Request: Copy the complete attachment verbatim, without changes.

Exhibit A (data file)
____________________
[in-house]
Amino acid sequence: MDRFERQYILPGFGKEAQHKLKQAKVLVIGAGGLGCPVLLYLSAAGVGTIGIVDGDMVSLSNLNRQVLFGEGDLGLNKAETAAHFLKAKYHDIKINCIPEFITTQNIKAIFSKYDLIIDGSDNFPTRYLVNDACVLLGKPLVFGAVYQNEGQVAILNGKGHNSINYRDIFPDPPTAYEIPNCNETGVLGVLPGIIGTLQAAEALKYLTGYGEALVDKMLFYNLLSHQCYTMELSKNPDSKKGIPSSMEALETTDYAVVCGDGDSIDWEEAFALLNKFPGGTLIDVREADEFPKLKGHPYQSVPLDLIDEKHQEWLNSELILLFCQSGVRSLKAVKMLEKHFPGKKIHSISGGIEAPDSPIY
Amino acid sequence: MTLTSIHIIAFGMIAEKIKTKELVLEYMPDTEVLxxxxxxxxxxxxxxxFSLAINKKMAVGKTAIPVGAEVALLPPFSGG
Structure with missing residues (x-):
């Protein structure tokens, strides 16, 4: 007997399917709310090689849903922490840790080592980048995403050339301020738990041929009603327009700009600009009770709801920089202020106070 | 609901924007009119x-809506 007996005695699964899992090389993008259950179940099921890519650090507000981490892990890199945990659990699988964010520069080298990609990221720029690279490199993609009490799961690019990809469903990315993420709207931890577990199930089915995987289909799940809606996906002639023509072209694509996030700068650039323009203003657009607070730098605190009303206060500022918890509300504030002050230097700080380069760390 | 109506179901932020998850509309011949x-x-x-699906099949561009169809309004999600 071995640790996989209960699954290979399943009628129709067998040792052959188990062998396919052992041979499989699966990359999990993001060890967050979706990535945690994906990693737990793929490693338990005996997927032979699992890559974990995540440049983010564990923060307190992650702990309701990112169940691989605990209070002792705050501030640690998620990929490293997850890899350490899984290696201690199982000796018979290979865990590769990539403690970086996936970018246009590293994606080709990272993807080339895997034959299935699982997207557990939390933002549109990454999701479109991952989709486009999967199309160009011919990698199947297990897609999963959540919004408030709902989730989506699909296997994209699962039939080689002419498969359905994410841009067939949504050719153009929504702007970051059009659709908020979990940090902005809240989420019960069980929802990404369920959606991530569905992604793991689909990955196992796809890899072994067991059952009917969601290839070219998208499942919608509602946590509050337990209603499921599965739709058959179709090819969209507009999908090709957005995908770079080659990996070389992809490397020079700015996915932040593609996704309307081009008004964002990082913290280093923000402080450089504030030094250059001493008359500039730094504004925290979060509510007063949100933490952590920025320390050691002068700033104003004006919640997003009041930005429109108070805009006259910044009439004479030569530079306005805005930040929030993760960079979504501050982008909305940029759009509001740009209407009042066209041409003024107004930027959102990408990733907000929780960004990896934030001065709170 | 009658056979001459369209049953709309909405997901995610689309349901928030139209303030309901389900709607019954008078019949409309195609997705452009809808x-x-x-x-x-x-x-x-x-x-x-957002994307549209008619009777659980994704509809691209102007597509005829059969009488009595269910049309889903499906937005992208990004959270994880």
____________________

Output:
[in-house]
Amino acid sequence: MDRFERQYILPGFGKEAQHKLKQAKVLVIGAGGLGCPVLLYLSAAGVGTIGIVDGDMVSLSNLNRQVLFGEGDLGLNKAETAAHFLKAKYHDIKINCIPEFITTQNIKAIFSKYDLIIDGSDNFPTRYLVNDACVLLGKPLVFGAVYQNEGQVAILNGKGHNSINYRDIFPDPPTAYEIPNCNETGVLGVLPGIIGTLQAAEALKYLTGYGEALVDKMLFYNLLSHQCYTMELSKNPDSKKGIPSSMEALETTDYAVVCGDGDSIDWEEAFALLNKFPGGTLIDVREADEFPKLKGHPYQSVPLDLIDEKHQEWLNSELILLFCQSGVRSLKAVKMLEKHFPGKKIHSISGGIEAPDSPIY
Amino acid sequence: MTLTSIHIIAFGMIAEKIKTKELVLEYMPDTEVLxxxxxxxxxxxxxxxFSLAINKKMAVGKTAIPVGAEVALLPPFSGG
Structure with missing residues (x-):
């Protein structure tokens, strides 16, 4: 007997399917709310090689849903922490840790080592980048995403050339301020738990041929009603327009700009600009009770709801920089202020106070 | 609901924007009119x-809506 007996005695699964899992090389993008259950179940099921890519650090507000981490892990890199945990659990699988964010520069080298990609990221720029690279490199993609009490799961690019990809469903990315993420709207931890577990199930089915995987289909799940809606996906002639023509072209694509996030700068650039323009203003657009607070730098605190009303206060500022918890509300504030002050230097700080380069760390 | 109506179901932020998850509309011949x-x-x-699906099949561009169809309004999600 071995640790996989209960699954290979399943009628129709067998040792052959188990062998396919052992041979499989699966990359999990993001060890967050979706990535945690994906990693737990793929490693338990005996997927032979699992890559974990995540440049983010564990923060307190992650702990309701990112169940691989605990209070002792705050501030640690998620990929490293997850890899350490899984290696201690199982000796018979290979865990590769990539403690970086996936970018246009590293994606080709990272993807080339895997034959299935699982997207557990939390933002549109990454999701479109991952989709486009999967199309160009011919990698199947297990897609999963959540919004408030709902989730989506699909296997994209699962039939080689002419498969359905994410841009067939949504050719153009929504702007970051059009659709908020979990940090902005809240989420019960069980929802990404369920959606991530569905992604793991689909990955196992796809890899072994067991059952009917969601290839070219998208499942919608509602946590509050337990209603499921599965739709058959179709090819969209507009999908090709957005995908770079080659990996070389992809490397020079700015996915932040593609996704309307081009008004964002990082913290280093923000402080450089504030030094250059001493008359500039730094504004925290979060509510007063949100933490952590920025320390050691002068700033104003004006919640997003009041930005429109108070805009006259910044009439004479030569530079306005805005930040929030993760960079979504501050982008909305940029759009509001740009209407009042066209041409003024107004930027959102990408990733907000929780960004990896934030001065709170 | 009658056979001459369209049953709309909405997901995610689309349901928030139209303030309901389900709607019954008078019949409309195609997705452009809808x-x-x-x-x-x-x-x-x-x-x-957002994307549209008619009777659980994704509809691209102007597509005829059969009488009595269910049309889903499906937005992208990004959270994880």